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The First Dinosaur Fossil

September 10, 2024
Illustration of a fossilized lower extremity of a presumed Megalosaurus femur
Illustration of a fossilized lower extremity of a presumed Megalosaurus femur taken from plate VIII, fig. 4 of the Natural History of Oxford-shire, published in 1677. This is the earliest known published illustration of a dinosaur bone.
Credit: Robert Plot (1640–1696), public domain, via Wikimedia Commons

The first dinosaur fossil documented by a scientist was 350 years ago, in 1677.

It was part of a femur discovered in a shale mine in England, then sent to a local museum. The curator had never seen anything like it.

He thought it must be a thigh bone from a war elephant, from some ancient battle. Or the femoral head of a giant human, as described in the Bible.

At any rate, he published an illustration in his natural history of the area, but no one thought much of it.

One hundred and fifty years later, in 1824, Oxford University’s first geologist studied more fossils that had been found in English canals and quarries and concluded they came from an extinct giant reptile species. He named it Megalosaurus, “great lizard.”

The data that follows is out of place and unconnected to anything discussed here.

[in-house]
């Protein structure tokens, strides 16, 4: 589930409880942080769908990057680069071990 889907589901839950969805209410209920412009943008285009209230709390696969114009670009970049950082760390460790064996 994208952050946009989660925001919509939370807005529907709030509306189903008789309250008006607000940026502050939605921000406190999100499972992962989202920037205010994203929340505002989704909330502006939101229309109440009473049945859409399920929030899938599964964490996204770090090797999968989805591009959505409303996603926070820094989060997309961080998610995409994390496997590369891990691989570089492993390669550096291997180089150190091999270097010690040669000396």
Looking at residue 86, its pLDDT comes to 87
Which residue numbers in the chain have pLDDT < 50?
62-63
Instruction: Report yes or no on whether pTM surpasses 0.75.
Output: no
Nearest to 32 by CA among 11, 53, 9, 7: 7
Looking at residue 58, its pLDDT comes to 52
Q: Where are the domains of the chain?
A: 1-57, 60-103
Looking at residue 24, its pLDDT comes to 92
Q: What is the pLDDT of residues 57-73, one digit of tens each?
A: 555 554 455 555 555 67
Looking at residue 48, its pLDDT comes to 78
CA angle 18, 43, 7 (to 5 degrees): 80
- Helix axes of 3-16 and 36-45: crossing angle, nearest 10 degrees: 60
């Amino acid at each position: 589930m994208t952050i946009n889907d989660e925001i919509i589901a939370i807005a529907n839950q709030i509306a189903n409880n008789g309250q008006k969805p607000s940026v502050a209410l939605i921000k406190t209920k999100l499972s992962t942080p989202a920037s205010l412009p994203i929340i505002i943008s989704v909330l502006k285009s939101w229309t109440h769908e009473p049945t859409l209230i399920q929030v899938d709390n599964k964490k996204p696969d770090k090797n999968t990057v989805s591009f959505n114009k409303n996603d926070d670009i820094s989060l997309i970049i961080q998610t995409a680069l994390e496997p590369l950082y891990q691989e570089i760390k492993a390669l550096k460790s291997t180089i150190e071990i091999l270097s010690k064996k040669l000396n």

He presented his findings to the Geological Society of London, and Megalosaurus entered the fossil record.

This triggered a fossil rush, and soon amateurs and professionals alike were finding more bones.

That’s when, in 1841, another scientist realized there were a host of these ancient creatures, which he dubbed “dinosaurs” after the Greek deinós for terrible, and saûros for lizard.

Since then, paleontologists have found dinosaurs far more “megalo” than Megalosaurus, which, it turns out, was an early theropod about half the size of T. rex.

But Megalosaurus started it all; the birth of a field that still fascinates humans 200 years later.


Synopsis: In 1676, workers found a huge bone while quarrying shale near Oxford, England, that looked like it was the femur of an elephant or a giant human. In 1824, fossils from quarries in the area enabled William Buckland, the University of Oxford’s first geology professor, to propose the existence of an ancient lizard-like creature he called Megalosaurus. Seventeen years later, another scientist proposed the name “Dinosauria” for creatures like Megalosaurus. Megalosaurus was named even before dinosaurs were named.

  • In 1676, a fossil was found in the Stonesfield Slate Quarry near Oxford, England.
    • The giant bone that looked like a piece of an oversized femur was given to Robert Plot, the first curator of the Ashmolean Museum and Professor of Chemistry at the University of Oxford.
    • Professor Plot sketched it and published a description of it in his 1677 Natural History of Oxford-shire. This is the earliest known published illustration of a dinosaur bone.
      Cover of Robert Plot’s Natural History of Oxford-shire, 1677.
      Cover of Robert Plot’s Natural History of Oxford-shire, 1677.
      Credit: Robert Plot (1640–1696), public domain, via Wikimedia Commons
    • He concluded that it was either the thigh bone of a war elephant or of a giant human as described in the Bible. Fossils often led their discoverers to imagine mythical creatures (ED-045 Fantastic Beasts).